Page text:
Myth #3: Pelvic pain must be Pelvic Inflammatory Disease if you are African American.
While there should be no shame or stigma associated with having a sexually transmitted infection, being tested for one without consent and then being misdiagnosed with pelvic inflammatory disease, leading to a delay in endometriosis diagnosis and treatment, is harmful to patients. Dr. Thornton unfortunately sees this happen frequently to African American patients who present with pelvic pain, “from a medical perspective, particularly for African American women...many women go to the emergency room or go to their private care doctors because of the pelvic pain, and the number one diagnosis they get is pelvic inflammatory disease.” Dr. Thornton warns that this misdiagnosis can follow patients for life. When patients see their fertility doctor years later, and the doctor asks them if they have ever had a pelvic infection, they say yes and then “the treatment and diagnosis goes towards a different direction, instead of the treatment of endometriosis.” Lauren laments that African American patients, “are treated off of these stereotypes that you really don’t have control over. Sometimes in the Black community it’s best to stay at home if you are not going to get the care that you need, if you are going to judge me, if you are going to look at me, and make assumptions about me.”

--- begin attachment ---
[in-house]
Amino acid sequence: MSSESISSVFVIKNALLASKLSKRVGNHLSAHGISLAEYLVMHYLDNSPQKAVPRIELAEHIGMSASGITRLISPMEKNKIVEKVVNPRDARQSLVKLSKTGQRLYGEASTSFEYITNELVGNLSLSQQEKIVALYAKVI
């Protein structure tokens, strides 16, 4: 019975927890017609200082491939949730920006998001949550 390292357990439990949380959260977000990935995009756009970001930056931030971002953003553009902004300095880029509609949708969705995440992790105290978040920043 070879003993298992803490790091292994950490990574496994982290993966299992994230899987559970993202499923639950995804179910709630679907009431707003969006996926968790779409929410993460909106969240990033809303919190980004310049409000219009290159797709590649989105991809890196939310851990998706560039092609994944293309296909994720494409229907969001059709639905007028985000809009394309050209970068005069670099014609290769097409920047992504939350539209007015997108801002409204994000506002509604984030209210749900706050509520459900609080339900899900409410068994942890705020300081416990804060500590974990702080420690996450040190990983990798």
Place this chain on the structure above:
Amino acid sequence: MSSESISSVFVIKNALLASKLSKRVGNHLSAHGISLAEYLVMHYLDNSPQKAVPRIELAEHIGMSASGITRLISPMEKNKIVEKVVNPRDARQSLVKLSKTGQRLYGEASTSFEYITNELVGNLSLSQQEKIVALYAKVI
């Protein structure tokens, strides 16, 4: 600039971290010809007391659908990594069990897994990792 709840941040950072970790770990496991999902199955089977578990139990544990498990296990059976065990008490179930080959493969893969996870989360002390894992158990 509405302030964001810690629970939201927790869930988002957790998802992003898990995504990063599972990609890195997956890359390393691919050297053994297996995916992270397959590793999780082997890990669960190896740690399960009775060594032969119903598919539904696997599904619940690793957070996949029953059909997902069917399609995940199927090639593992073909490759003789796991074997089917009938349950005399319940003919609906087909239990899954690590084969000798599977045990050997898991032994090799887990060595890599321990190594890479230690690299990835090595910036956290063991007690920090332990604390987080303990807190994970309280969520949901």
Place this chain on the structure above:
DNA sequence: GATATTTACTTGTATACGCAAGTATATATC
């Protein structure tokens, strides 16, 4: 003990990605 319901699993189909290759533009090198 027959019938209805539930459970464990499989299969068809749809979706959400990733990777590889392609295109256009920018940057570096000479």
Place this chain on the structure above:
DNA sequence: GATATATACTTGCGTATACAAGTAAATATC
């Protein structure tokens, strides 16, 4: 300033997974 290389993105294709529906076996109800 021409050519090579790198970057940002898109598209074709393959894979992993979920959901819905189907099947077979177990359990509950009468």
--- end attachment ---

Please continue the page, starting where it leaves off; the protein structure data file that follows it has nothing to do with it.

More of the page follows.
Myth #4: African Americans are not as sensitive to pain as white people.
This myth is perhaps the most disturbing and harmful. In 2016, the Association of American Medical Colleges reported that half of white medical trainees believe African Americans have thicker skin or less sensitive nerve endings than white people. The pain that can come with endometriosis can be quite extreme, rather traumatizing, and frightening for patients who have experienced it.
Spending a lifetime of being undertreated for pain has impacted April’s health immensely and she dreads going to the doctor for treatment for her pain as she often leaves feeling worse. She explains, “If I am coming to you and I already have a 6 out of 10, by the time I am done with you, from you not even understanding or trying to comprehend or communicate with me, I’m already at an 11 out of 10.” Kat feels that racist stereotypes played a part in her not receiving the pain treatment she needed, “the strong Black woman stereotype...was pushed on me...a lot..(the idea that)I should be able to manage this pain and suppress my symptoms without...any interventions. Never did I ever receive any prescription medication to help with pain. Nothing. It was only, “You just manage it! You're going to do fine! You got this! You are strong!””
Claudia has often been dismissed and labeled as she sought to get answers and treatment for her pain. She explains, “when I would be complaining about pain and...try to push back or get assertive in my care, I would get labeled as “the angry Black woman”...when I was upset that I wasn’t being heard I would hear maybe what I needed to do is go and see a psychiatrist because...it is all in my head.”
Myth #5: African Americans who are in pain are really just drug seekers.